On a cold January morning in 1936, George V was given a king's burial. Following his coffin was his eldest son, the handsome, much loved, Prince of Wales. He was about to be proclaimed the next king of England. He was that exceptional thing: a model royal. He was at ease in every company. Everyone expected him to shake the stuffiness out of the monarchy. But as time passed, as he span between the royal duties, people began to remark that the prince was approaching 40 and still unmarried. Only a privileged few knew that he'd been stepping out with the mysterious American, a woman who was cheating on her husband with the future king of England. This was the lady known as Wallis Simpson, whom he was determined to marry.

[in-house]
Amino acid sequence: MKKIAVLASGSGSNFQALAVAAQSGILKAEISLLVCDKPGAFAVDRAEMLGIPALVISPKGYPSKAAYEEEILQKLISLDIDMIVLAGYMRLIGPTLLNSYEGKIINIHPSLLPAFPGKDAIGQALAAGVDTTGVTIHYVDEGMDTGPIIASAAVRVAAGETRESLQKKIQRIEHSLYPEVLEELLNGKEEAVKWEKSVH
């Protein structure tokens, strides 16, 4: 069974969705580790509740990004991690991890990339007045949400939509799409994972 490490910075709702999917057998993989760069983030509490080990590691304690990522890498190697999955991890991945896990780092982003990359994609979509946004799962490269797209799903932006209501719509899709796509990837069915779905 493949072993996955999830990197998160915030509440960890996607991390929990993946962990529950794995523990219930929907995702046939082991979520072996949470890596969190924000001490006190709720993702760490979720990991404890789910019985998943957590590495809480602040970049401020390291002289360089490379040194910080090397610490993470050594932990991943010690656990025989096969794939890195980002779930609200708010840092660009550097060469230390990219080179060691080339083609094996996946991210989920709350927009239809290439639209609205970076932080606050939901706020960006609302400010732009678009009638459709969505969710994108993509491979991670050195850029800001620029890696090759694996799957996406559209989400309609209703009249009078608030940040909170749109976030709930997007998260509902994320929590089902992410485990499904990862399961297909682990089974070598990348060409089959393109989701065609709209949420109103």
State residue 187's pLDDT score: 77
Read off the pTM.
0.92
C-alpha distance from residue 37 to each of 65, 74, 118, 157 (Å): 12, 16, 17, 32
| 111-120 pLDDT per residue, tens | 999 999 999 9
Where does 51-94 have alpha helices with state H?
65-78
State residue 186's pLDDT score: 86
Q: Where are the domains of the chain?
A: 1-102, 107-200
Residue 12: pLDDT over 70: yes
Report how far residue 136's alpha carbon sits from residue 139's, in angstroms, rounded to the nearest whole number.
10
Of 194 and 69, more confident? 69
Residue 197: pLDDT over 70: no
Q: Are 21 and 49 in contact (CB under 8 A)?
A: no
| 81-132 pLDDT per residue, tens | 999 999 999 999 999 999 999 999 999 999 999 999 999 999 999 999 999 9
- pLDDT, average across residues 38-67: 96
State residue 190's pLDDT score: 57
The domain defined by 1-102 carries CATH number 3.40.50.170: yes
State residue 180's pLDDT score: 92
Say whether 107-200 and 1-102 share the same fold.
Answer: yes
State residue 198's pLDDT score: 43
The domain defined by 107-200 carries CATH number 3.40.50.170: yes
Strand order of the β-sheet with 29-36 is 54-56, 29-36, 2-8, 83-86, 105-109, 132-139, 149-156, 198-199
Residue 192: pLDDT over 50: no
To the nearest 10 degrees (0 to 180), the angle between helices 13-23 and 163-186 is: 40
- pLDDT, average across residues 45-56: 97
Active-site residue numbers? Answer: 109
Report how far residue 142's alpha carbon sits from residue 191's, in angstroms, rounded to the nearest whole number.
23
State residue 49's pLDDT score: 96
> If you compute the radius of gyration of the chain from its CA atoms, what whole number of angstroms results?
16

So now he was king, but no one could persuade him to give up Wallis. Not even Prime Minister Stanley Baldwin who spoke for the nation when he said Britain did not want an American divorcee for a queen. Ministerial car shuttled between Westminster and Buckingham Palace but the king could not be budged. He was forced to abdicate and all over the country flags flew at half-mast.
 
In the summer of 1937 there was a quiet wedding in France. The couple looked a bit nervous, especially the groom, but only a year before he'd been a king.

Now he and his wife would be called the Duke and Duchess of Windsor.
 
So now the man who'd given up a kingdom and a woman who'd given up two husbands embarked on their endless round of fun and gaiety. In the war years they'd been trapped in the Bahamas, but emerged every now and then to attend the great cultural festivals where they startled the locals with the brilliance of their attire. But the man who'd been a king found he was now only a celebrity. There were even rumors14 that he and the duchess were breaking up so they had to parade their devotion for the cameras.
 
Four years later it was the nation's turn to mourn the Duke and to reflect on one man's decision to trade the crown of England for the love of Wallis and the price they had both had to pay.